Editor's note: This is a guest post sent by one of our visitors. You can find the author bio followed by the post content. 

Over the past several years Bootstrap, a frontend toolkit for quickly and easily developing web applications, has been taking the online world by storm, becoming a favorite tool among webmasters and developers alike. 

However, despite the tools’ robust and diverse capabilities, most developers grossly underestimate what can be accomplished while using Bootstrap. To help remedy this situation, we’ve put together this short article detailing the 7 advanced bootstrap techniques you need to know (but probably don’t) in order to design the most beautiful and functional website possible. 

Let’s dive in.

Tip #1: Set the Nav Bar to Open By Hovering

The majority of the websites on the internet allow users to open up a nav bar simply by hovering their mouse over it. Unfortunately, Bootstrap’s standard behavior is to open dropdown menus on click. 

While some people prefer this default setting, many more don’t. Luckily, if you want your dropdowns to open on hover, it’s a relatively simple and straightforward process. 

Only two things will need to be changed in order to achieve this goal.

First, add the following CSS rule to your stylesheet after loading Bootstrap’s CSS.  

@media only screen and (min-width: 768px) {
  .dropdown:hover .dropdown-menu {
    display: block;
  }
}

Quite simply, if someone is viewing your website on a device that is wider than 768px, and they hover above a dropdown link, then the dropdown menu opens. 

Easy, right? 

Next, we need to add a quick line of JS code to change the dropdown links “On Click” behavior.  

$('.dropdown-toggle').click(function(e) {
  if ($(document).width() > 768) {
    e.preventDefault();

    var url = $(this).attr('href');

    if (url !== '#') {
      window.location.href = url;
    }

  }
});

Tip #2: Set Responsive Video Embeds to Maintain Aspect Ratio 

There are few greater user experience sins than embedding a video that does not maintain proper aspect ratio. I’ve personally exited out of countless, otherwise high quality, websites for this reason alone. 

Luckily, ever since Bootstrap 3.2 was released, embedding responsive iframes that maintain proper aspect ratio is easier than ever before. 

Simply add the following code to your markup. 

<!-- 16:9 aspect ratio -->
<div class="embed-responsive embed-responsive-16by9">
    <iframe class="embed-responsive-item" src="//www.youtube.com/embed/ePbKGoIGAXY"></iframe>
</div>

<!-- 4:3 aspect ratio -->
<div class="embed-responsive embed-responsive-4by3">
    <iframe class="embed-responsive-item" src="//www.youtube.com/embed/ePbKGoIGAXY"></iframe>
</div>

Tip #3: Hide Elements on Mobile 

If you aren’t aware, Google is in the process of rolling out something known as a “Mobile First Index”. Basically, what this means is that they are beginning to base a site’s search engine ranking first and foremost on its mobile design.

Because of this, it’s become more important than ever before that webmasters understand how to create stunning mobile responsive designs. While it might not be as straightforward as using a standard site builder, Bootstrap’s robust coding options make this task relatively easy (if you know what you’re doing). 

If you need to quickly hide an element only on an xs device, you can use the .hidden-xs class.

In a similar fashion, you can use the .hidden-(breakpoint) class for the rest of the breakpoints and use .hidden-lg, .hidden-md, and .hidden-sm.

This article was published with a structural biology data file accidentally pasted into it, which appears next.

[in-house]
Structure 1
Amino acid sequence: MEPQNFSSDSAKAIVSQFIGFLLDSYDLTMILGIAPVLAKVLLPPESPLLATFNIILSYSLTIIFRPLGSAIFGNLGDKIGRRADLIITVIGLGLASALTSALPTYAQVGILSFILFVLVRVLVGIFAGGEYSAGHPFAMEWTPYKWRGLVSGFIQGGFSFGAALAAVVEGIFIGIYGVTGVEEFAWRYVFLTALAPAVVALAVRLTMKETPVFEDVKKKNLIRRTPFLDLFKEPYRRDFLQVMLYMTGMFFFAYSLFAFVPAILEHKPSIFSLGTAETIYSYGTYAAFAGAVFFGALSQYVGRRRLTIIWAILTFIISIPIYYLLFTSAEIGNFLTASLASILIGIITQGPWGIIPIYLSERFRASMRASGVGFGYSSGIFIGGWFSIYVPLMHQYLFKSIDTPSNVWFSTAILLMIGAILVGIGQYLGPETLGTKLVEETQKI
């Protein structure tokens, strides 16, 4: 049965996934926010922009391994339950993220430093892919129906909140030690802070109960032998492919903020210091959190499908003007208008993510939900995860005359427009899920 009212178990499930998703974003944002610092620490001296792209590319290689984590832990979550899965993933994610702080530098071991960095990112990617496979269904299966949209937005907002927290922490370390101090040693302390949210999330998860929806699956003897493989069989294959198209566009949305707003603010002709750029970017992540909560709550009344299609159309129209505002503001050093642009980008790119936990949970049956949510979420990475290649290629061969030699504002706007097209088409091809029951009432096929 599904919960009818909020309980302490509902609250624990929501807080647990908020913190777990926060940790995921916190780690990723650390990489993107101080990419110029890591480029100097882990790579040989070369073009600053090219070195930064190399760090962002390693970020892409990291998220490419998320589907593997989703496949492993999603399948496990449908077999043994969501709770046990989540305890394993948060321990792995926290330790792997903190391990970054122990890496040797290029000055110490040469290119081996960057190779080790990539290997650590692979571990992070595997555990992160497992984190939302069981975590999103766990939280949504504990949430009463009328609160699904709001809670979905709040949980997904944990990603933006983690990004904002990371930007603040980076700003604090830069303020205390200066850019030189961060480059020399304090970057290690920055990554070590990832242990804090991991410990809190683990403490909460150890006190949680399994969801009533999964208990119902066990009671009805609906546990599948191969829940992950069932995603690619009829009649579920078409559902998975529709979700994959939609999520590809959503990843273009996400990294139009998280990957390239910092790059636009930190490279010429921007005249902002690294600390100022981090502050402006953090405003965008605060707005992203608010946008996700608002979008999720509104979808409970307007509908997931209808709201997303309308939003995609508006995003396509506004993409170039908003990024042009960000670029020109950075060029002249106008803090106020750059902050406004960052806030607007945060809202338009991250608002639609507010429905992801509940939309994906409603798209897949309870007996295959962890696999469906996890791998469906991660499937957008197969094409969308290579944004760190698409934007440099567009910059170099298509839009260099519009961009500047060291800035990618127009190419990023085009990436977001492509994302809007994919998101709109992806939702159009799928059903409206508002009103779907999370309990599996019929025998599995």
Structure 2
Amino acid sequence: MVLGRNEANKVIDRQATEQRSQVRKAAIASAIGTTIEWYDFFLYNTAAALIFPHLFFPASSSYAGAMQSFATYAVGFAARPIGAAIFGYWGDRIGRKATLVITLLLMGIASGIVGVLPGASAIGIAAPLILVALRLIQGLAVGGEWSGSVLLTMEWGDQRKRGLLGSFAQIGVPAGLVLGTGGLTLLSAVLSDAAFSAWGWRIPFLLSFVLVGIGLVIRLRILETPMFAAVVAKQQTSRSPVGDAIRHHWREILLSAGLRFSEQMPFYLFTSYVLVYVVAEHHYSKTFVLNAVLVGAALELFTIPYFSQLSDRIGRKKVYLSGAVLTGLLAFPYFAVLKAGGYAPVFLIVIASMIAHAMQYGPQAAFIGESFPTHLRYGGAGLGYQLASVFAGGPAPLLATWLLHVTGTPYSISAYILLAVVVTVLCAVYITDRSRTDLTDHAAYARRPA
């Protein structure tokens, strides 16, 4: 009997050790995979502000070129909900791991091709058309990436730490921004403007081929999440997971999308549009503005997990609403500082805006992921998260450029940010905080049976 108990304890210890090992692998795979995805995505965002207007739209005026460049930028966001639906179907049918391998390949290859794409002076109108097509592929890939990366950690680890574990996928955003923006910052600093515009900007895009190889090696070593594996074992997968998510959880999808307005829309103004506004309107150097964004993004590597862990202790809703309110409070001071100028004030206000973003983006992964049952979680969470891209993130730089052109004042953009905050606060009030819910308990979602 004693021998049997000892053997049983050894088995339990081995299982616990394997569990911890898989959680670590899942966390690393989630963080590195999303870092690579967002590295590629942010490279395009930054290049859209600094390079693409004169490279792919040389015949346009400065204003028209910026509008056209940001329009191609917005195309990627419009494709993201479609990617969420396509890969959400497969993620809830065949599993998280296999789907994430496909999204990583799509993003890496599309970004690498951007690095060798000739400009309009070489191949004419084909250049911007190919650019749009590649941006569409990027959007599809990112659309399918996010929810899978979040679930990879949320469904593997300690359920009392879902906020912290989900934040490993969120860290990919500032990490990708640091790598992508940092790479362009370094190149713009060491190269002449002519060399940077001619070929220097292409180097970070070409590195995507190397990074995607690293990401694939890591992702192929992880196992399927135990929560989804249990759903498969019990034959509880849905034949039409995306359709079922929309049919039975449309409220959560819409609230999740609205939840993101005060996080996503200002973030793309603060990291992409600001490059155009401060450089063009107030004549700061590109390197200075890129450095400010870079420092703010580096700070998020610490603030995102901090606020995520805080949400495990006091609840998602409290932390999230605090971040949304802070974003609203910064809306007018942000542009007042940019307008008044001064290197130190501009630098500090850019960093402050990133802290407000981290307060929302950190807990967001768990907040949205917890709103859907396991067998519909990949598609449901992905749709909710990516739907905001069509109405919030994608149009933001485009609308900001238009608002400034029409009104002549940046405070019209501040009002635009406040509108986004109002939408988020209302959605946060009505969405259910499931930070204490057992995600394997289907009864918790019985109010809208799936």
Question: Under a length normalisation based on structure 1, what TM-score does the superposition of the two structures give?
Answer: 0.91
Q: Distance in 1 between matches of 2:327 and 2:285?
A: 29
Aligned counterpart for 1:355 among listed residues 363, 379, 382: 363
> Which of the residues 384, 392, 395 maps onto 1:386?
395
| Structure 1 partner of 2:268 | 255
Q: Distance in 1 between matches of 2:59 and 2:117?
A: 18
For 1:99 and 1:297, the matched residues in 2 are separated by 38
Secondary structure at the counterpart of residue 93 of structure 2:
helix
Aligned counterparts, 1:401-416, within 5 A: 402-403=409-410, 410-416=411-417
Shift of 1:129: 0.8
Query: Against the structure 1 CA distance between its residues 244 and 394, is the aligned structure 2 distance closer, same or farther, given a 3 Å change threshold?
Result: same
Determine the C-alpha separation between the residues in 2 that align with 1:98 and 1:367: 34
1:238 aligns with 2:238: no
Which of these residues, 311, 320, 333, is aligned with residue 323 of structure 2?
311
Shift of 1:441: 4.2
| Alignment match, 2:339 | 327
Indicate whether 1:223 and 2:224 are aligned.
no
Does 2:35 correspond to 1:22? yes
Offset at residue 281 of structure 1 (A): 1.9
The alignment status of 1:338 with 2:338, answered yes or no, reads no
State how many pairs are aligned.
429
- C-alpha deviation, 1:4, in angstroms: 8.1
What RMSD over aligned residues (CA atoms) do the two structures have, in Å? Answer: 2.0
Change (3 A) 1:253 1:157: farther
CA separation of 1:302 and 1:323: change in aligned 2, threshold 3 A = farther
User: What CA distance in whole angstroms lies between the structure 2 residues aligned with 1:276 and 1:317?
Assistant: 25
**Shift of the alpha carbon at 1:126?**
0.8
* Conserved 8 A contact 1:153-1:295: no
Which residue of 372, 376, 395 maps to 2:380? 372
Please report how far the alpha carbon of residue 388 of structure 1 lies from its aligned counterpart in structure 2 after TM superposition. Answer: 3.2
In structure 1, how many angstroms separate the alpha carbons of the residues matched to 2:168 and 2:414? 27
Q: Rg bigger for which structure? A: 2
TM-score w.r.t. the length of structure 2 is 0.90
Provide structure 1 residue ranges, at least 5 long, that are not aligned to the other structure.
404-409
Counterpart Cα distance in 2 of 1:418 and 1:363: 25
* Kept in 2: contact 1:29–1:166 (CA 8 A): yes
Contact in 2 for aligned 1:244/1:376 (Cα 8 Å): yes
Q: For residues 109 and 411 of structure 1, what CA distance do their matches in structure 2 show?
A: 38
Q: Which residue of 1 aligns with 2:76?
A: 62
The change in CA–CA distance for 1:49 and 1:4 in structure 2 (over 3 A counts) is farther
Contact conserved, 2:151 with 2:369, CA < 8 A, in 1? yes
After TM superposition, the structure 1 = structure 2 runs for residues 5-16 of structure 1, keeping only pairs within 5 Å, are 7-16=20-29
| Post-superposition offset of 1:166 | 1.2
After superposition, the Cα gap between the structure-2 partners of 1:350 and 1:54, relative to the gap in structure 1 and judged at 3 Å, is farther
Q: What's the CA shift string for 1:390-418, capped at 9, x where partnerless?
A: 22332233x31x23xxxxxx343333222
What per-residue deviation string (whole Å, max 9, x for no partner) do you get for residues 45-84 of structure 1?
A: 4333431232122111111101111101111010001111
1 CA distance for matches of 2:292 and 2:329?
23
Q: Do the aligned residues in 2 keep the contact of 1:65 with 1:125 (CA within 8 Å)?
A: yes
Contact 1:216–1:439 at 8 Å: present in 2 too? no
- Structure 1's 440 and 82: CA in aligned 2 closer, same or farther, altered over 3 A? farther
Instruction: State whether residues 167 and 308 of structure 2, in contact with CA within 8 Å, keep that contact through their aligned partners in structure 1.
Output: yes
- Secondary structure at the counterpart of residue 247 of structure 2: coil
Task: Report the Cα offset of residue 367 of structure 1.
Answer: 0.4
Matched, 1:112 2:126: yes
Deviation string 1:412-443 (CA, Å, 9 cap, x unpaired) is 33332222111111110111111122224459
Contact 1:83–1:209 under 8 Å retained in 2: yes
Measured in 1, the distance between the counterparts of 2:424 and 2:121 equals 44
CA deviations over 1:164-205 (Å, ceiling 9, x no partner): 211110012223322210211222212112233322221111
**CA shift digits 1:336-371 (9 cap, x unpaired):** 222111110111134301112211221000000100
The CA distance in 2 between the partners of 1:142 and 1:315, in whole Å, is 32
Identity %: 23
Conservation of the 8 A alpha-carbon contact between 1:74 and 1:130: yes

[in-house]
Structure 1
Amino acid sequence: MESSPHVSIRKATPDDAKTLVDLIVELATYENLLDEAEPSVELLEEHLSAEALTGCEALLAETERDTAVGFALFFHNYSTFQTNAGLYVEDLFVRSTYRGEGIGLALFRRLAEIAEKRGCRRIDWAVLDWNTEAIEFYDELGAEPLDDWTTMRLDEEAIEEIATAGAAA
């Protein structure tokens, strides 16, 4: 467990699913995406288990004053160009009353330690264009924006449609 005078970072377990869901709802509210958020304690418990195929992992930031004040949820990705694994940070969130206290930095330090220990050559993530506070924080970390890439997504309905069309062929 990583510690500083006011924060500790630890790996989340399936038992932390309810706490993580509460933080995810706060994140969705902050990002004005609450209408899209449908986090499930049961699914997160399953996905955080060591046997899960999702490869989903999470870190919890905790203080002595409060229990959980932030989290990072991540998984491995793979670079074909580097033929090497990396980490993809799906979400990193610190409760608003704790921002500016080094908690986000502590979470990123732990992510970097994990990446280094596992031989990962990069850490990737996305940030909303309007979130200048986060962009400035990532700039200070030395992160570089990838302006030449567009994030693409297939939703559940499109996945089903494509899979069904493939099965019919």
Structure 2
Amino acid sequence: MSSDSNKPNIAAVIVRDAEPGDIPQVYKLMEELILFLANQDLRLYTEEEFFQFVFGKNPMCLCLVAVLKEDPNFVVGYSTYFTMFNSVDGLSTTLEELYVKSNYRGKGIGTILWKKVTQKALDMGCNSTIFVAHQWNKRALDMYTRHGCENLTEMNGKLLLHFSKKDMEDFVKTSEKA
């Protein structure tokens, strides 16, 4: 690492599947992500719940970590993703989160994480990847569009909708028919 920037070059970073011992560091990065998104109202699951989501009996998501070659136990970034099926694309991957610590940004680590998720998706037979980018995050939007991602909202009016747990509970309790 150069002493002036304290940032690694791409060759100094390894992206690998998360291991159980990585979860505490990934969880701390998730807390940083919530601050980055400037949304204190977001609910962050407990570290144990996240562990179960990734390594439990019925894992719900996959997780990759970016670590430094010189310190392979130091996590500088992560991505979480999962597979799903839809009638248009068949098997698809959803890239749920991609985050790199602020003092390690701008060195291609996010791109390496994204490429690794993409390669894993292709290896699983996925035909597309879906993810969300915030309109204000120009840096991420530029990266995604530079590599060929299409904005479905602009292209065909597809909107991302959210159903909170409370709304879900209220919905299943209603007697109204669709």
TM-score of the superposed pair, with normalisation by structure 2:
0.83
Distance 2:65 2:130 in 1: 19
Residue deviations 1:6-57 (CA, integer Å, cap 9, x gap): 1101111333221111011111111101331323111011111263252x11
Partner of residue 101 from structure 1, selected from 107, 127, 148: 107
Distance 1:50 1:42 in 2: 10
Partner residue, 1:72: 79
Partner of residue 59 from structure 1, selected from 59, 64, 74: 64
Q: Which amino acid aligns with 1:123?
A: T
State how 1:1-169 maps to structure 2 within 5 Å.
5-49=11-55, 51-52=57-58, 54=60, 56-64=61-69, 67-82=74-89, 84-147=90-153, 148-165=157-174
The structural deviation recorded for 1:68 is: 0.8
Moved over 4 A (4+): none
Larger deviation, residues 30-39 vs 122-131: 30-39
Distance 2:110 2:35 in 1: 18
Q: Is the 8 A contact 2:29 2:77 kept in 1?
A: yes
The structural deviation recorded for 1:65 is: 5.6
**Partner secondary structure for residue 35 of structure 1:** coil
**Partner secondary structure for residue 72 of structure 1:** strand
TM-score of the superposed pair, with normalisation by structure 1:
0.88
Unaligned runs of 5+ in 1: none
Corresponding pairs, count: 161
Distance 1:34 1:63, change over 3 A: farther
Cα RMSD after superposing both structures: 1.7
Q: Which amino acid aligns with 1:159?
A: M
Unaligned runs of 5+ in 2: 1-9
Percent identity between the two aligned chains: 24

Tip #4: Extend Existing Classes… Don’t Override

I’ve read plenty of guides on Bootstrap that encourage developers to override Bootstrap styles in order to customize buttons and other features. While this tactic technically works, in our experience, this can cause things to become much messier than necessary very quickly.

Instead, we recommend that you simply extend existing classes to maintain the integrity and simplicity of your code.

For example, here’s the code that you would use to create a flat yellow button. 

.btn-yellow {
  background: rgb(250, 255, 140);
  color: #574500;
  border: none;
  -moz-box-shadow: none !important;
  -webkit-box-shadow: none !important;
  box-shadow: none !important;
 /* !important tags aren't necessarily always bad */
}
.btn-yellow:hover, .btn-yellow:focus {
  background: rgb(252, 255, 179);
}
.btn-yellow:active {
  background: rgb(247, 255, 71);
}

Tip #5: How to Set Columns to the Same Height

Nothing is more frustrating than creating several columns of high quality content only to find out that, upon publishing, that the columns are completely unaligned and look like something out of a Picasso museum. Luckily, this rather pervasive issue has a relatively easy fix.

All you need to do is create a .row-flex and apply it to your content boxes’ parent row. This will ensure that all columns in the .row-flex will have the same height. Just make sure that all components of the content boxes are declared in its child element .content and set height: 100%.

Here’s an example of the code you would use. 

/* display this row with flex and use wrap (= respect columns' widths) */
  .row-flex {
  display: -webkit-box;
  display: -ms-flexbox;
  display: flex;
  -ms-flex-wrap: wrap;
  flex-wrap: wrap;
}


/* vertical spacing between columns */

[class*="col-"] {
  margin-bottom: 30px;
}

.content {
  height: 100%;
  padding: 20px 20px 10px;
  color: #fff;
}

I hope that the above 5 tips have added a few new tools to your Bootstrap belt and will allow you to create incredible websites with ease. If you have any difficulties understanding the article or the tactics we’ve mentioned, be sure to leave a comment below and we’ll do our best to help!  

Author Bio: Sam Bocetta is a freelance journalist specializing in U.S. national cyber defense, with emphases on emerging technology trends in information security, cryptography, and cyberwarfare.